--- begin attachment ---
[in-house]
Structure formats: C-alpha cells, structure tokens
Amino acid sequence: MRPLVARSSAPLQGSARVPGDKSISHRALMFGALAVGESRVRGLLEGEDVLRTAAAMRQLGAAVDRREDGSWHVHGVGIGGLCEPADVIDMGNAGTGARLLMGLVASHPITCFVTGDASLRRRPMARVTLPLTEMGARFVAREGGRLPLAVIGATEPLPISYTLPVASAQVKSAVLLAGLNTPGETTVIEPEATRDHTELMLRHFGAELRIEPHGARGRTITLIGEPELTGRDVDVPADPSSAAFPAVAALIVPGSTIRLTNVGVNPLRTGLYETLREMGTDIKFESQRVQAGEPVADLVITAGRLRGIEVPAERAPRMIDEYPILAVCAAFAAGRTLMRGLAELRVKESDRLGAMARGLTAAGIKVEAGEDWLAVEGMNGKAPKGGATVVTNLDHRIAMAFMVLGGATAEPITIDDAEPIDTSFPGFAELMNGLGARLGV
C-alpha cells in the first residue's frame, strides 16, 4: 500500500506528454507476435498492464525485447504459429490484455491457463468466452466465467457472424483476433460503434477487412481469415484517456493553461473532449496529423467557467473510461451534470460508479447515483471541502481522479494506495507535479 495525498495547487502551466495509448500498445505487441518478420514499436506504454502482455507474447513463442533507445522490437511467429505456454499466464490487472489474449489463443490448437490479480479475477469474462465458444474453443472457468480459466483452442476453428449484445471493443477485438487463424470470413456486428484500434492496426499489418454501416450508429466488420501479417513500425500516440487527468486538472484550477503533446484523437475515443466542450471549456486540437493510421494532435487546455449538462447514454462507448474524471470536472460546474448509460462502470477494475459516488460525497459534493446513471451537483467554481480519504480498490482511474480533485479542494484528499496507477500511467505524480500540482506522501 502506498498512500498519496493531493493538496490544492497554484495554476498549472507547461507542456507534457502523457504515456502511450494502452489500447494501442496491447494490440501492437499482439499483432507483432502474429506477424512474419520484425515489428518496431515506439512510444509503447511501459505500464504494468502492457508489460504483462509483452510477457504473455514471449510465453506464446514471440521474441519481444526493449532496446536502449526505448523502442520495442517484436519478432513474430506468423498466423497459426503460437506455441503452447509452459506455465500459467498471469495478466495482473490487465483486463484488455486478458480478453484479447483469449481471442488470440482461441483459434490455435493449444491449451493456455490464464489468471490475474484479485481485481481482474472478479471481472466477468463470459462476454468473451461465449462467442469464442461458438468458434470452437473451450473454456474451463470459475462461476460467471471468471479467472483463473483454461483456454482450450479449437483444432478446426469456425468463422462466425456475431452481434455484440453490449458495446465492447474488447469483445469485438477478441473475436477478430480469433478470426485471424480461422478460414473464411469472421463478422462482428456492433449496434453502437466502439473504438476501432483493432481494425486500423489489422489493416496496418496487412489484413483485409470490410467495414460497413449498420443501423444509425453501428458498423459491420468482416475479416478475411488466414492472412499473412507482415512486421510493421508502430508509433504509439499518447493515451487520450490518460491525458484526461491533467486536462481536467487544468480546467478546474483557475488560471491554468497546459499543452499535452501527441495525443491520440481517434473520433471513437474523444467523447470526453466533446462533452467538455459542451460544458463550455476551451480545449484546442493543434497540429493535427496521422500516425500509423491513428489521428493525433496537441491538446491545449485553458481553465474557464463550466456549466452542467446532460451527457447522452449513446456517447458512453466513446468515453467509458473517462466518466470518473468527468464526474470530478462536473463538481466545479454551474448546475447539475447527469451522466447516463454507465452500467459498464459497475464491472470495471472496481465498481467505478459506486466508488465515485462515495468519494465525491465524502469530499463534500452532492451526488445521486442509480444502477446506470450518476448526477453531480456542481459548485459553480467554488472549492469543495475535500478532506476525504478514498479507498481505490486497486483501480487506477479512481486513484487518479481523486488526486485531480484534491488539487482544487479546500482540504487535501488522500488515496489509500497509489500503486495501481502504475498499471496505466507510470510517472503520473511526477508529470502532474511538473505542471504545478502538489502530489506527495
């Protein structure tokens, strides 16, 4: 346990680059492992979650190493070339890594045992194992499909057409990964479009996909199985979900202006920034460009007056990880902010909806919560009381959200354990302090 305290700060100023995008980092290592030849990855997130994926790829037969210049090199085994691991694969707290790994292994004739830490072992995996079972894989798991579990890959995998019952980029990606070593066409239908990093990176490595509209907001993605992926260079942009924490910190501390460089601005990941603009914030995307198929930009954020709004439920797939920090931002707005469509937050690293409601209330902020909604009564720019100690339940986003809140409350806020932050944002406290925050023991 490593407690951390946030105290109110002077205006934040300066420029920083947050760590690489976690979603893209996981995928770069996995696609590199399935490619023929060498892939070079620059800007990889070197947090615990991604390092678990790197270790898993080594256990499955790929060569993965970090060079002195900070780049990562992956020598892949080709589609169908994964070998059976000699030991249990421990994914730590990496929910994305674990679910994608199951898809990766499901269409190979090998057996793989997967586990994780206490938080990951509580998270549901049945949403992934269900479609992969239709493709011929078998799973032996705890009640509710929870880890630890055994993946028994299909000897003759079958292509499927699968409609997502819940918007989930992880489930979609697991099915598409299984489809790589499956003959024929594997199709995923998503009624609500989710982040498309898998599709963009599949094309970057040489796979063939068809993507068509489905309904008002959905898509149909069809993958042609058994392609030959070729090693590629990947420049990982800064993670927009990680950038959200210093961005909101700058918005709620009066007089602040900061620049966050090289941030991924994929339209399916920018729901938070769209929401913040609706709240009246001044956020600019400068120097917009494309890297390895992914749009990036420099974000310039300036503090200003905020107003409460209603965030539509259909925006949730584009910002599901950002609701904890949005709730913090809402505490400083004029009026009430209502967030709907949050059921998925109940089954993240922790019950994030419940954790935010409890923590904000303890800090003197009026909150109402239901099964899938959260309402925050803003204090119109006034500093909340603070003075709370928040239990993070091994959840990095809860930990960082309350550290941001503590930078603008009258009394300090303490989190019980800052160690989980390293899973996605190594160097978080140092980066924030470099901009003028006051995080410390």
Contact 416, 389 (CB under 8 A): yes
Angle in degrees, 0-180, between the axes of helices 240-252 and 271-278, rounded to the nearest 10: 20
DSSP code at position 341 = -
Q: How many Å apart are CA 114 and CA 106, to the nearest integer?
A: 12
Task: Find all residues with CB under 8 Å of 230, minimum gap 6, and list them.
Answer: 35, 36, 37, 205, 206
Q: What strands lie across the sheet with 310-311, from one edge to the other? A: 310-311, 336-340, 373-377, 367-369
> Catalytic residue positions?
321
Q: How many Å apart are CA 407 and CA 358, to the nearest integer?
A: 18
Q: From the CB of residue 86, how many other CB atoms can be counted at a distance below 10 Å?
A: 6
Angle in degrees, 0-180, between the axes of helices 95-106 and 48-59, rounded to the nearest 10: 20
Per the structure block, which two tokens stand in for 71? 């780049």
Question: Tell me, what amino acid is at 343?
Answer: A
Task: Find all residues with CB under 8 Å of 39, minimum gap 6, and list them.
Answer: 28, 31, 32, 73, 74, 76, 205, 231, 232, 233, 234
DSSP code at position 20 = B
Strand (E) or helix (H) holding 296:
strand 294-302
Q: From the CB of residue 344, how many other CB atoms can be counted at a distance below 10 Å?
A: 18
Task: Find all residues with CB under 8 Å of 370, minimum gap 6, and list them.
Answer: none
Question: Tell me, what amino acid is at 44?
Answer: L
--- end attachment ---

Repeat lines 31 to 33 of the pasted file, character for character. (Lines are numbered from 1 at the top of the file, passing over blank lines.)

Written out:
Task: Find all residues with CB under 8 Å of 370, minimum gap 6, and list them.
Answer: none
Question: Tell me, what amino acid is at 44?